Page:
Shell wants judge to uphold permits

JUNEAU (AP) — Subsidiaries of Royal Dutch Shell PLC are making "improper use of the judicial system" by suing to head off challenges to permits that put them closer to exploratory drilling off Alaska's northern shores, an attorney for a conservation group said May 4. In a lawsuit dated May 2, Shell Gulf of Mexico Inc. and Shell Offshore Inc. asked a federal judge to rule that the National Marine Fisheries Service properly issued harassment authorizations for whales and seals. A spokesman for Shell Alaska, Curtis Smith, said the permits provide authorization to work near the animals as long as the impact is minimal. But Michael LeVine, an attorney for the conservation group Oceana, likened Shell's lawsuit to a traffic cop putting a ticket on someone's car while it's still in the driveway. "They're trying to resolve a dispute that they think might come up some day," LeVine said in an interview. "The court system doesn't allow them to do that." This isn't the first time Shell has taken such a step. Earlier this year, the company sued the same conservation and environmental groups as it did this time, LeVine said. The earlier lawsuit sought to have federal agency approval of Shell's oil spill response plans upheld. The groups are seeking the case's dismissal. In the more recent lawsuit, attorneys for Shell said the seasonal nature of Shell's exploration work, scheduled to begin this summer, along with what they call the extensive and time-consuming permitting process, leaves the authorizations vulnerable to legal maneuvers that could restrict Shell's ability to use them. "Given their public statements and actions and their longstanding pattern and practice of filing challenges to Shell's regulatory authorizations, defendants cannot reasonably contend that they will not challenge" the authorizations from the National Marine Fisheries Service, Shell's attorneys said. Smith said Shell is "very confident" the processes the agencies followed to approve the permits and plans were solid. While he acknowledged Shell's approach, in suing first, is "not conventional," he said the idea is to have any issues the groups have with the approvals confronted in court sooner rather than later. He said history shows that opposition groups will use the courts "in an attempt to stall our program at every turn." "We have no intention of sitting back and waiting for that to happen," Smith said.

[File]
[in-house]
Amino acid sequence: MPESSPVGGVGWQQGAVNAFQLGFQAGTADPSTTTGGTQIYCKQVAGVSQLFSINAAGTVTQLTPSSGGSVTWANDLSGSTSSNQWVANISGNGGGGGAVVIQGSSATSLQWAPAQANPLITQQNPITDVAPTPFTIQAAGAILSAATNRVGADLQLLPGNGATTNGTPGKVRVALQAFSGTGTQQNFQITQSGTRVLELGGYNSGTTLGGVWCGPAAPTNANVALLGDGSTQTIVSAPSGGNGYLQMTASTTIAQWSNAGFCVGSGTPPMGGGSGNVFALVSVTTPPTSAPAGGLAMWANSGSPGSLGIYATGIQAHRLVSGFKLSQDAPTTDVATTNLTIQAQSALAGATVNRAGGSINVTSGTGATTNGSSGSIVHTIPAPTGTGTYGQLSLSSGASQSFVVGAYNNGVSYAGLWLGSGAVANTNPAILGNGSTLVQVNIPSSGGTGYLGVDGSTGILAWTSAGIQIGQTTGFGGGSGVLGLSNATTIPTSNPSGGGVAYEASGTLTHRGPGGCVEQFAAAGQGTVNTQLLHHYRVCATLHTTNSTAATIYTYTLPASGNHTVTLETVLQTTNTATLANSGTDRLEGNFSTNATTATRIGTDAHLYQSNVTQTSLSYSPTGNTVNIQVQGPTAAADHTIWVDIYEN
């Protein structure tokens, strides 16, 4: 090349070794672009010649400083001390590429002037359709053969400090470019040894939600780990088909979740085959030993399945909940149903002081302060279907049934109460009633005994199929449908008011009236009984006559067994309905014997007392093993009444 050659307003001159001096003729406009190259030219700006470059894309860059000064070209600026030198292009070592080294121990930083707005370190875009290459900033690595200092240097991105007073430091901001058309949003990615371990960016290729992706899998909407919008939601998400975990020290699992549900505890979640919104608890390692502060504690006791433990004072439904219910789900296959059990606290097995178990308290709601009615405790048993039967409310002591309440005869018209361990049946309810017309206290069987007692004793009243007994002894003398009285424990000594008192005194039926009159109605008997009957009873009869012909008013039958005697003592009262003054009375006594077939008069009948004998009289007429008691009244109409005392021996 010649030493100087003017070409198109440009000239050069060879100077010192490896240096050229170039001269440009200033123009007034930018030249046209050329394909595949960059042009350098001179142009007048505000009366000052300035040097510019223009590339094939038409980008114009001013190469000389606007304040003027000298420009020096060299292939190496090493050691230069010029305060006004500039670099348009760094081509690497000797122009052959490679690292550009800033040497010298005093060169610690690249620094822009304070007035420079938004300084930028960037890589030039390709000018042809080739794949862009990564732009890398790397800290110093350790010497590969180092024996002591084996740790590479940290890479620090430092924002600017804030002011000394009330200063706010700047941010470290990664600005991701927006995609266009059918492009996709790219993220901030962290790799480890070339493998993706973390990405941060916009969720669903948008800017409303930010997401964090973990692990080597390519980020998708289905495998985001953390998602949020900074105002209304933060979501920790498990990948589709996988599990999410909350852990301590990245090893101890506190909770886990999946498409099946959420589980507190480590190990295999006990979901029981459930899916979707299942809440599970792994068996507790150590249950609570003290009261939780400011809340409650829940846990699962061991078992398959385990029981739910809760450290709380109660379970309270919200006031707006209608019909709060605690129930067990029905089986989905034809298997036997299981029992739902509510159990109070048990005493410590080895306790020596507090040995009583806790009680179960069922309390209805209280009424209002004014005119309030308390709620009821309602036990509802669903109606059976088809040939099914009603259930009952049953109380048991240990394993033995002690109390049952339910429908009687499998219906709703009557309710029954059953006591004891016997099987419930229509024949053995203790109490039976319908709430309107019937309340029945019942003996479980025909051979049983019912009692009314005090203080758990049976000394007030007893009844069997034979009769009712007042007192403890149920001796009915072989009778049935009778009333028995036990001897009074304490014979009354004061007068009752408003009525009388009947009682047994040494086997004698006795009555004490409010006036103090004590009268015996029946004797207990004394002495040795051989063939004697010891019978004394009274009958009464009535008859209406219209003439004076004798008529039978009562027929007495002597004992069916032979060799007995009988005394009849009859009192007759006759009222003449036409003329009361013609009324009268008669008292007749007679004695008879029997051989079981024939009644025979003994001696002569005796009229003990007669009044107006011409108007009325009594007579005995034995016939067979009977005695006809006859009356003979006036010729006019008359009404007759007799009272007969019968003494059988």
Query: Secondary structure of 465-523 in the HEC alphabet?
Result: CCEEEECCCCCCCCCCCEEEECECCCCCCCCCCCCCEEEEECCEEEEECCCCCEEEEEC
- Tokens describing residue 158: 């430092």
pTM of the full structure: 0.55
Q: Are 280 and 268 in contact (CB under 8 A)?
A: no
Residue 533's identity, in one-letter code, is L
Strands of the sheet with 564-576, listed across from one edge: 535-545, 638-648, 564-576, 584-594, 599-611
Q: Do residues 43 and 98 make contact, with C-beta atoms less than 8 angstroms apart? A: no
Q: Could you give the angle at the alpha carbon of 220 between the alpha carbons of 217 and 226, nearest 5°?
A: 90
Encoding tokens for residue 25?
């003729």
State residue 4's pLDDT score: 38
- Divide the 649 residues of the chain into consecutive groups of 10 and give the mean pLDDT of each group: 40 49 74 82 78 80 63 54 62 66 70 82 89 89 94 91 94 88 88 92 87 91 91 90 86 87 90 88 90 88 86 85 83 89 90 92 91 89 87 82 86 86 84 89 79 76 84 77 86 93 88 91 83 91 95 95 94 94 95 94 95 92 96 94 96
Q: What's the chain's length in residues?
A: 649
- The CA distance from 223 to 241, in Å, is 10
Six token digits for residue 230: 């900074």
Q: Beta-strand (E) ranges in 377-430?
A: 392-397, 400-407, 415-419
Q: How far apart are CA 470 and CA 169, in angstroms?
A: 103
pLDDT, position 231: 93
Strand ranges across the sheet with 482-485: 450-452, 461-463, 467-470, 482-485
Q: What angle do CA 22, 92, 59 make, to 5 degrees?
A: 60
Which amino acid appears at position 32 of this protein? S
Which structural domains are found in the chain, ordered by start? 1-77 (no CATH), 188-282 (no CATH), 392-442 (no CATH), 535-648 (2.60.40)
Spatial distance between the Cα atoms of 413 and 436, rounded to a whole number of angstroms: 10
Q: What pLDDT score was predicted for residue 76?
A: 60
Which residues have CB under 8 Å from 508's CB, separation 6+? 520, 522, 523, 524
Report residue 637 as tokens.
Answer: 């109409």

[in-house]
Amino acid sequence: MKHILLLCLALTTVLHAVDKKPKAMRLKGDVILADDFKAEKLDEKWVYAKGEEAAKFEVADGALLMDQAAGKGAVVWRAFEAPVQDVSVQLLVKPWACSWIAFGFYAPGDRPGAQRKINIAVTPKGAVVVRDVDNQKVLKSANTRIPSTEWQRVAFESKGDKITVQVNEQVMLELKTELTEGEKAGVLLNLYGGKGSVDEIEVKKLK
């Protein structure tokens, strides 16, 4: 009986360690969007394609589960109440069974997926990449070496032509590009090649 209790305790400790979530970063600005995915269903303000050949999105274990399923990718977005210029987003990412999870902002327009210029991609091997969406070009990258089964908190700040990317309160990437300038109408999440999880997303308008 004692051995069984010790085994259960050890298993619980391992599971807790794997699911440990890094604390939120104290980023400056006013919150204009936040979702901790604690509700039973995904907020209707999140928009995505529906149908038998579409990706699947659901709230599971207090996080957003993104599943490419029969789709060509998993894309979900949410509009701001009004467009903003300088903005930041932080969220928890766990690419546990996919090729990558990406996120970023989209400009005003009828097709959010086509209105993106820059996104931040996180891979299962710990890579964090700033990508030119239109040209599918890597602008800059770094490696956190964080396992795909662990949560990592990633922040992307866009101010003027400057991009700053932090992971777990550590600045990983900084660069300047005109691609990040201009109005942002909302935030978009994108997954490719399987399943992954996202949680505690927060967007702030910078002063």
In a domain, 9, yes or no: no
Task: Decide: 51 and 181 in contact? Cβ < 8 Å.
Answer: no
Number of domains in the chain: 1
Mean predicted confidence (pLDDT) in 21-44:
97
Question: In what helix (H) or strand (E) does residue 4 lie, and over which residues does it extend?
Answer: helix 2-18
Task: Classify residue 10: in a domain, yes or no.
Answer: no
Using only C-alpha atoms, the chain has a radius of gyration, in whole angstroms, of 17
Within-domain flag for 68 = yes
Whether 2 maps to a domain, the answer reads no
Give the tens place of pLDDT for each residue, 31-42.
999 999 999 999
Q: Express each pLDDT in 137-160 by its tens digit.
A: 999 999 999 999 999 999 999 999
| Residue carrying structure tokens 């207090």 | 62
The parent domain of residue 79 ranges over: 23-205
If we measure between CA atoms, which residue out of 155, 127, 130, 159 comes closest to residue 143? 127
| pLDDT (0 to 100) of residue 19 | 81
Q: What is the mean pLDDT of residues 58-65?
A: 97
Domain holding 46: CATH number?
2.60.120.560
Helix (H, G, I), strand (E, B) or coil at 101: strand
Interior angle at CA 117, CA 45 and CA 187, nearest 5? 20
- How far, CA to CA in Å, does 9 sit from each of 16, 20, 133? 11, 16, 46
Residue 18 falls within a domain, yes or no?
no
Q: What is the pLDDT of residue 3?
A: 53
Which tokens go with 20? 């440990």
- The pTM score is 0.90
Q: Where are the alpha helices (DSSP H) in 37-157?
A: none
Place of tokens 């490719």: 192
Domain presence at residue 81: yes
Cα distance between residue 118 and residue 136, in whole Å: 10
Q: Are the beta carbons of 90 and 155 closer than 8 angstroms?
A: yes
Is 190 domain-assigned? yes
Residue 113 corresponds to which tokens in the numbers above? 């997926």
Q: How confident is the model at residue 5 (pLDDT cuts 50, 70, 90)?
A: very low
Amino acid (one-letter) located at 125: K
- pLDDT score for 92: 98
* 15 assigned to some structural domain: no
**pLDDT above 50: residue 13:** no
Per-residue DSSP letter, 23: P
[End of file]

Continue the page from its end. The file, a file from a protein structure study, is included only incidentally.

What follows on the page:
Former Alaska official pleads guilty in hunt case

ANCHORAGE (AP) — Alaska State Troopers say a former state wildlife official has pleaded guilty in a big game hunting case. Troopers say Corey Rossi pleaded guilty Friday to a consolidated count for falsifying a bear sealing certification and one count of unlawful acts by a big game guide. Rossi's plea was part of a plea deal. The case, involving a 2008 bear hunt, led to Rossi's resignation in January as head of the state Division of Wildlife Conservation. According to troopers, the plea agreement calls for the revocation of hunting privileges for one year and a one-year suspension of Rossi's big game license. The deal also calls for a $5,000 fine and informal probation for three years. Rossi's attorney, Bill Satterberg, says his client has accepted responsibility from the beginning.  

TransCanada reapplies for oil pipeline